|Bounding Coordinates||South West [-71.31, 0], North East [-61.5, 64.64]|
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|Title||ANDEEP: Antarctic Deep Sea Biodiversity|
|Study Area Description||The study area of this dataset was set in the Southern Ocean and focused on deep sea stations distributed on the continental slopes of the eastern Weddell Sea (off Kapp Norvegia) and western Weddell Sea and the South Orkney Islands, and deep Cape, Agulhas, Weddell and Powell BasinsSouthern Ocean. The Southern Ocean deep-sea is a very under sampled area, according to a recent gap analysis carried out by Griffiths et al (2011).|
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Archaeal communities were analyzed in sediments in three bathypelagic stations (2200-3400m) sampled during the ANTXXII-3 cruise of RV Polarstern (ANDEEP3). Sediments were sampled using a box-corer. The sediments were immediately and aseptically sampled using 3 ml polyethylene (PET) cryovials (top 2 cm of the sediments). The cryovials were immediately frozen in liquid nitrogen and the samples were then stored at -20°C. Six replicate samples of the same core were collected at each site.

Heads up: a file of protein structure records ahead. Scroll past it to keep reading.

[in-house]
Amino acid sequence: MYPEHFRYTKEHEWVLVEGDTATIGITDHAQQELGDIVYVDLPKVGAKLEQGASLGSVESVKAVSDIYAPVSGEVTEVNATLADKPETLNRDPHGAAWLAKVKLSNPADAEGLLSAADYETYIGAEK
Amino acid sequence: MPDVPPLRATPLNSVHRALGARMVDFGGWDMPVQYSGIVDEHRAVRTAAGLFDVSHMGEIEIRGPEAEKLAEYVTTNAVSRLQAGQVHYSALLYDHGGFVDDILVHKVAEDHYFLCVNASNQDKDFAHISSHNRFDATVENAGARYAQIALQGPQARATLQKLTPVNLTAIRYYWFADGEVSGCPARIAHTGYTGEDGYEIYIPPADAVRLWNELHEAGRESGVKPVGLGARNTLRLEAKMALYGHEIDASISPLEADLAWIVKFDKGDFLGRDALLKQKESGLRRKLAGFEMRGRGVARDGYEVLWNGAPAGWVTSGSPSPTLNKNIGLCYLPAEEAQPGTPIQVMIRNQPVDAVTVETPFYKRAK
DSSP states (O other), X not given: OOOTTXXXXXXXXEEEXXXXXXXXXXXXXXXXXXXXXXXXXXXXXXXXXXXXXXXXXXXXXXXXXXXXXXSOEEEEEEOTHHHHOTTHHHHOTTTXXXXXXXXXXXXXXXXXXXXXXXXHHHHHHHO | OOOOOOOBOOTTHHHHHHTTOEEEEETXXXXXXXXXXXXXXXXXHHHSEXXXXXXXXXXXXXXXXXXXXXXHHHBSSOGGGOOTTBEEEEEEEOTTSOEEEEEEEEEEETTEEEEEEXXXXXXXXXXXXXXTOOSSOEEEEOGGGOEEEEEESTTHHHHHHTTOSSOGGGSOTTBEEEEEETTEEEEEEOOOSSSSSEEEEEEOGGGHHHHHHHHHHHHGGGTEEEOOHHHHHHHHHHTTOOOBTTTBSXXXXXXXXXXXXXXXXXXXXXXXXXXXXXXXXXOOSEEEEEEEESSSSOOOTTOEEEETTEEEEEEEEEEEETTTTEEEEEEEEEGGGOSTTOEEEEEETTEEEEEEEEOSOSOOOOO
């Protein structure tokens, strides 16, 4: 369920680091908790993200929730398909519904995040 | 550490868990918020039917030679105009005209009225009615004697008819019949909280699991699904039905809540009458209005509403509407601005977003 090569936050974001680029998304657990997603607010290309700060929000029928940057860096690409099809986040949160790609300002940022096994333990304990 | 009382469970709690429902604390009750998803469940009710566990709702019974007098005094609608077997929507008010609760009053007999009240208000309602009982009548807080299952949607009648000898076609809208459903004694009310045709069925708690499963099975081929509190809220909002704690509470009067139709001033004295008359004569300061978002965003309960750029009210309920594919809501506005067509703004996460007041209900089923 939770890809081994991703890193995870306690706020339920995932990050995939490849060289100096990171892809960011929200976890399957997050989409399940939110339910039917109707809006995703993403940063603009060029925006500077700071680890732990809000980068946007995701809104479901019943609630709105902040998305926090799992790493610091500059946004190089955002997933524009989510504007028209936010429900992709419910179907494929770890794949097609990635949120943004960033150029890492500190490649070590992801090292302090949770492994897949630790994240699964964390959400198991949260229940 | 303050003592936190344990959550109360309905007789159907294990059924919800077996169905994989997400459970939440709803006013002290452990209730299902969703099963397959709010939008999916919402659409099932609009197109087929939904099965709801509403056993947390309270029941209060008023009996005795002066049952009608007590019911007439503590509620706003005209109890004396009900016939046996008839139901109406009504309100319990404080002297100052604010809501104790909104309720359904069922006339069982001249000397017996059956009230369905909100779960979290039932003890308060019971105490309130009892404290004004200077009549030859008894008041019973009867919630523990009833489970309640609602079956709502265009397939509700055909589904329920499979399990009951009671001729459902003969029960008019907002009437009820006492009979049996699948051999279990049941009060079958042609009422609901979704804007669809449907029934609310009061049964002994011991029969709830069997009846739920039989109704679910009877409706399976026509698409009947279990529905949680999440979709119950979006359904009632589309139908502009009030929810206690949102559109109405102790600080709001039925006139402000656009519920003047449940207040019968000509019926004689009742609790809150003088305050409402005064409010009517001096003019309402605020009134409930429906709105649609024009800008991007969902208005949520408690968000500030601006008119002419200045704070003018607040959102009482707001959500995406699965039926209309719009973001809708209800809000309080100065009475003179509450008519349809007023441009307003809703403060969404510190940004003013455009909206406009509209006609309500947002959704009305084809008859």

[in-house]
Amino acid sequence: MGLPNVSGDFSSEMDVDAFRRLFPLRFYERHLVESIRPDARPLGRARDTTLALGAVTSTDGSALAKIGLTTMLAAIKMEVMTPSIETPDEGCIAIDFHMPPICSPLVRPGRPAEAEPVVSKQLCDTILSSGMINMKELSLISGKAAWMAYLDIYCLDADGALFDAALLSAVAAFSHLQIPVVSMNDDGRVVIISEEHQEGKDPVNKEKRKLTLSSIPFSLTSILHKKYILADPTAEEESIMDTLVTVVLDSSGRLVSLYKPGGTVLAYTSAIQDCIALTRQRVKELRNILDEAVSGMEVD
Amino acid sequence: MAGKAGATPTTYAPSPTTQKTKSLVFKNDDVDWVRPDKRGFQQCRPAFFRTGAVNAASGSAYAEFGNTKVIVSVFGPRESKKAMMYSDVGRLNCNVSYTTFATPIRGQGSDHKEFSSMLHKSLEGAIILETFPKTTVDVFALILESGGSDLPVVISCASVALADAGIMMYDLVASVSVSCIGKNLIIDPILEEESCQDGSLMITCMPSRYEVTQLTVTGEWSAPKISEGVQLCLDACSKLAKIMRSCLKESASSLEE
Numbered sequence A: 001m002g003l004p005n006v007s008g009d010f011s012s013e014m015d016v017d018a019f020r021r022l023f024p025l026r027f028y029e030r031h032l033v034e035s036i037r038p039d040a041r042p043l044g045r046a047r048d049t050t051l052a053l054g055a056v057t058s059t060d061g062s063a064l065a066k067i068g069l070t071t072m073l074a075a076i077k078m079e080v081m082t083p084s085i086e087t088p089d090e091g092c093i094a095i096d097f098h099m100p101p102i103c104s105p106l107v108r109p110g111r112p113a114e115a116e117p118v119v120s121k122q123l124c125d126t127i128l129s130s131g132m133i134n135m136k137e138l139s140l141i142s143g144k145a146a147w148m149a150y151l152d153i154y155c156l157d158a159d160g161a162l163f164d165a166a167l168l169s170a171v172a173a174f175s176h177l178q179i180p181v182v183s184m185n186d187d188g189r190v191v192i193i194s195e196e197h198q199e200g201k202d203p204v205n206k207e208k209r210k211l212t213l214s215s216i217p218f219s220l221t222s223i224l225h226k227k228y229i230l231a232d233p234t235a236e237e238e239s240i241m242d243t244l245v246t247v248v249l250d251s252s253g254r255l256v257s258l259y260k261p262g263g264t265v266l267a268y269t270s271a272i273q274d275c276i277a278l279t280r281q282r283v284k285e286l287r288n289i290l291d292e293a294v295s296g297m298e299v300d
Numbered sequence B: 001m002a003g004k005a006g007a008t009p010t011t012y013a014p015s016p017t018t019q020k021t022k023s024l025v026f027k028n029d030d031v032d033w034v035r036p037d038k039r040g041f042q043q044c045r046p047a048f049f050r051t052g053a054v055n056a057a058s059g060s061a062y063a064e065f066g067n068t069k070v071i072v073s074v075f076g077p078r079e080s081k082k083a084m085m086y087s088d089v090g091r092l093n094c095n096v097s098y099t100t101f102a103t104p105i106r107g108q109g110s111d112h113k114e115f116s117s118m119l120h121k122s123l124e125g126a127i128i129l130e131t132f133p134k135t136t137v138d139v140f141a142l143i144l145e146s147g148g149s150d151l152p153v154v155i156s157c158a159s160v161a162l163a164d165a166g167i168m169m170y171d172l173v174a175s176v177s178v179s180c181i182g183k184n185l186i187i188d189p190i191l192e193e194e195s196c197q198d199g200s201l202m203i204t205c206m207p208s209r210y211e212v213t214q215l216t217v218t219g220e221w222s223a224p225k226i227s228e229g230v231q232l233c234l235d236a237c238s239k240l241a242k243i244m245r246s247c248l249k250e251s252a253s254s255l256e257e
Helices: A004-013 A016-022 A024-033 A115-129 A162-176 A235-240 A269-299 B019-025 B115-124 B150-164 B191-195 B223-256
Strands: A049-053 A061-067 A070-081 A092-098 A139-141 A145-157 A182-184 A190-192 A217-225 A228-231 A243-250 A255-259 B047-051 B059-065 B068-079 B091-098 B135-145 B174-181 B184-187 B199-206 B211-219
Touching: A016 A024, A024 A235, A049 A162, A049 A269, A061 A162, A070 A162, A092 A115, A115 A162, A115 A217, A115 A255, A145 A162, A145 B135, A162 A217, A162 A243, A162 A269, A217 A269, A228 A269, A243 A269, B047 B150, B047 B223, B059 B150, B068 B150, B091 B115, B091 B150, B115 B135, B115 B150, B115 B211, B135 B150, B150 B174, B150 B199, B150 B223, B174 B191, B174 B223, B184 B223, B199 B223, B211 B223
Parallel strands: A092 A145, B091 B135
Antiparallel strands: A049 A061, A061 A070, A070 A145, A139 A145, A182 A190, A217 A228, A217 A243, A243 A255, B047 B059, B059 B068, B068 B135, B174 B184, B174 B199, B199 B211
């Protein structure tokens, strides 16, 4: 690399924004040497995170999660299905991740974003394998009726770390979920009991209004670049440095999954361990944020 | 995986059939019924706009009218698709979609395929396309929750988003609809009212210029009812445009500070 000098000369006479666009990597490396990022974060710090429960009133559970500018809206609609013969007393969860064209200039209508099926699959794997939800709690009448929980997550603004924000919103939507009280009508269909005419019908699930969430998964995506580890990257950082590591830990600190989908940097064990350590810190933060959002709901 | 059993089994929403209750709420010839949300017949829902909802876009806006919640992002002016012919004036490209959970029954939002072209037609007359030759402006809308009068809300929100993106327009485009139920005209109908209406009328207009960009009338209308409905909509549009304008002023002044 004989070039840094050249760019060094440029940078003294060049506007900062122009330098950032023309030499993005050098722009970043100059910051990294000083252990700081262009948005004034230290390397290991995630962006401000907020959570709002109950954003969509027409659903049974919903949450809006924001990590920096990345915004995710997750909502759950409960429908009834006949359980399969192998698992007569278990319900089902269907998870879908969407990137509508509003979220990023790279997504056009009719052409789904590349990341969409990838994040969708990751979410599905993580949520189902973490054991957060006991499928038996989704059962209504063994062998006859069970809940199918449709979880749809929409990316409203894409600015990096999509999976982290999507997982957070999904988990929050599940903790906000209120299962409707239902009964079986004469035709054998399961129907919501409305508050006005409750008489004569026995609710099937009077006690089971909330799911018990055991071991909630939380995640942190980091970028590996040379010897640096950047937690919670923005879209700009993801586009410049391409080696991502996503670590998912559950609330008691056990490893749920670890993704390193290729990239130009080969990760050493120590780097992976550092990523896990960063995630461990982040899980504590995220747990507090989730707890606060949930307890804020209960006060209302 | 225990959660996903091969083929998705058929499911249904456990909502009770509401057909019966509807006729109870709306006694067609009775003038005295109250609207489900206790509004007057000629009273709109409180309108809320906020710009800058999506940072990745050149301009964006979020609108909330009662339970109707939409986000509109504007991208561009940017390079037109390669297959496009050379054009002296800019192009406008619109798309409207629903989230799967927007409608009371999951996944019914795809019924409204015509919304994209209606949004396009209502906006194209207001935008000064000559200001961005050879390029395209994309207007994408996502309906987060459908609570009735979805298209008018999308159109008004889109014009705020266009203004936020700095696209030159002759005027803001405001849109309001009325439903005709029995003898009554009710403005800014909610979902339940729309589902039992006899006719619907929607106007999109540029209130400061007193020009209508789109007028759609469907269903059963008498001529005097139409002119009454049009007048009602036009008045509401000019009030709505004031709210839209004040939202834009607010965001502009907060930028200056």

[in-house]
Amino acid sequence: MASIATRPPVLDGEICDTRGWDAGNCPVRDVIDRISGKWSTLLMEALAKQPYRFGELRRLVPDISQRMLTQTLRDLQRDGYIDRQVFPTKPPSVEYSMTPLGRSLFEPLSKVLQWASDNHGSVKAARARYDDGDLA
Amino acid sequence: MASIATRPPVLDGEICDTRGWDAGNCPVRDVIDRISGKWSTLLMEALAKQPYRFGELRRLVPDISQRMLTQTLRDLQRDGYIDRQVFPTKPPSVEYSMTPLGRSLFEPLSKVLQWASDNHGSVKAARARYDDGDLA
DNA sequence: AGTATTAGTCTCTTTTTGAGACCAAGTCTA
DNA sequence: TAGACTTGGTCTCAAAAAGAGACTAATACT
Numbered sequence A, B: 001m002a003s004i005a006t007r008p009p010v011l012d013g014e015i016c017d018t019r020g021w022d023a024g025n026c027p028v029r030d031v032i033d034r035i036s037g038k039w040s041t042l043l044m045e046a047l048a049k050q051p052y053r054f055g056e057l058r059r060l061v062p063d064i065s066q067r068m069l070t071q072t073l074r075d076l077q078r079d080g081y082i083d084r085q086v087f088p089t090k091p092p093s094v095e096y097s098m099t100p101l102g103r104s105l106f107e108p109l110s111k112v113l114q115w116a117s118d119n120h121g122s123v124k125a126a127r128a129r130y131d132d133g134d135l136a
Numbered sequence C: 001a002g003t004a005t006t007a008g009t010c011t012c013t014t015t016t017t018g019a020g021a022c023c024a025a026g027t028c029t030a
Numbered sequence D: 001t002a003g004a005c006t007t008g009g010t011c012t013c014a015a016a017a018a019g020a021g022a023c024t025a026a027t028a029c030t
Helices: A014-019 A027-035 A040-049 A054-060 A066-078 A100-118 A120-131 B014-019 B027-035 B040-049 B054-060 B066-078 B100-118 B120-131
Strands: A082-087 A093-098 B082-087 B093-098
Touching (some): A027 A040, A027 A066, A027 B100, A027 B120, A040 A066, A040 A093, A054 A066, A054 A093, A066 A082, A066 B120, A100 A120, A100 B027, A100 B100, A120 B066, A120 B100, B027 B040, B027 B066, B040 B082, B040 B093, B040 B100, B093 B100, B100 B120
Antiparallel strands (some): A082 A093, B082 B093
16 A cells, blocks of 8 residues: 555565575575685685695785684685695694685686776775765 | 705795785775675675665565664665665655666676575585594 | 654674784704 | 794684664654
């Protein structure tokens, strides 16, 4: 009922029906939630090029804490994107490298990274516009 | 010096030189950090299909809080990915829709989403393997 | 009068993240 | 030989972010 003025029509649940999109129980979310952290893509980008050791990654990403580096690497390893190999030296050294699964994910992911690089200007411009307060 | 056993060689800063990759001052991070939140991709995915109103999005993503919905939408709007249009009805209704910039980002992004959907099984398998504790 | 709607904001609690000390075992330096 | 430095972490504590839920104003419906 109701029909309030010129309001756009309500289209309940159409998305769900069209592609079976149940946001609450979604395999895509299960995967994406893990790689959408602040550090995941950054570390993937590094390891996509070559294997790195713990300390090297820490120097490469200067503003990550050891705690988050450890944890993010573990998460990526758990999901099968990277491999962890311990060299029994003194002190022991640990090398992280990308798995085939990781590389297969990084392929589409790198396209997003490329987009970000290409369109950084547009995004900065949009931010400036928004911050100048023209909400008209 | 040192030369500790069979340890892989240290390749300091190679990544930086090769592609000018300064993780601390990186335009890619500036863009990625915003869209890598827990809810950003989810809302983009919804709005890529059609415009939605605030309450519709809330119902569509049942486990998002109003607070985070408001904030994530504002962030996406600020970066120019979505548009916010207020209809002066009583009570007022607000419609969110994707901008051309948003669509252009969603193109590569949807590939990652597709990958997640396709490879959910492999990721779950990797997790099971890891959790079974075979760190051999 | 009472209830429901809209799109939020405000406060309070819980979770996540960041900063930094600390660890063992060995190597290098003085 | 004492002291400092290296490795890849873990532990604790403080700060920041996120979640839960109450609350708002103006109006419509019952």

|Study Extent||Bathypelagic sediment samples were taken from 3 stations during the ANDEEP3 expedition to the Weddell Sea.|
|Quality Control||PCR-generated chimeric sequences were first detected and eliminated using three different softwares : CHIMERA_CHECK version 2.7 of the Ribosomal Database Project II (Cole et al., 2003), Bellerophon (Huber et al., 2004), and Pintail version 0.33 (Ashelford et al., 2005). Sequences were then submitted to BLAST version 2.2.12 to identify the closest relatives and download their 16S rDNA sequence (Madden et al., 1996). All sequences were manually aligned and analyzed using Se-Al version 2.0a11 (Rambaut, 1996). Alignments and similarity calculations were also performed using the EMBOSS-Align tool of the EMBL-EBI (http://www.ebi.ac.uk). Distance and maximum-likelihood trees were generated with the Phylip program package, version 3.6 (Felsenstein, 2002). Distance trees were generated with "Dnadist" using Jukes-Cantor distances and Neighbour-Joining. Maximum-likelihood trees were generated with "Dnaml" (Ti/Tv=2.0; empirical base frequencies, one category of sites with a constant rate of variation). The statistical significance of the phylogenetic groups within the trees was tested by using bootstrap analysis with the Phylip programs "Seqboot" and "Consense" (100 bootstrap replicates, using using Jukes-Cantor distances and Neighbour-Joining). Trees were created using the program Treeview (version 1.6.6.).|
Method step description:
- A MICROBIAL_SEQUENCE_SET Description file describing 3 data sets was uploaded to the ANTABIF IPT instance (http://ipt.biodiversity.aq).
- Brandt A, Gooday AJ, Brandao SN, Brix S, Brökeland W, Cedhagen T, Choudhury M, Cornelius N, Danis B, De Mesel I, Diaz RJ, Gillan DC, Ebbe B, Howe JA, Janussen D, Kaiser S, Linse K, Malyutina M, Pawlowski J, Raupach M, Vanreusel A, 2007. First insights into the biodiversity and biogeography of the Southern Ocean deep sea. Nature 447:307-311. http://dx.doi.org/10.1038/nature05827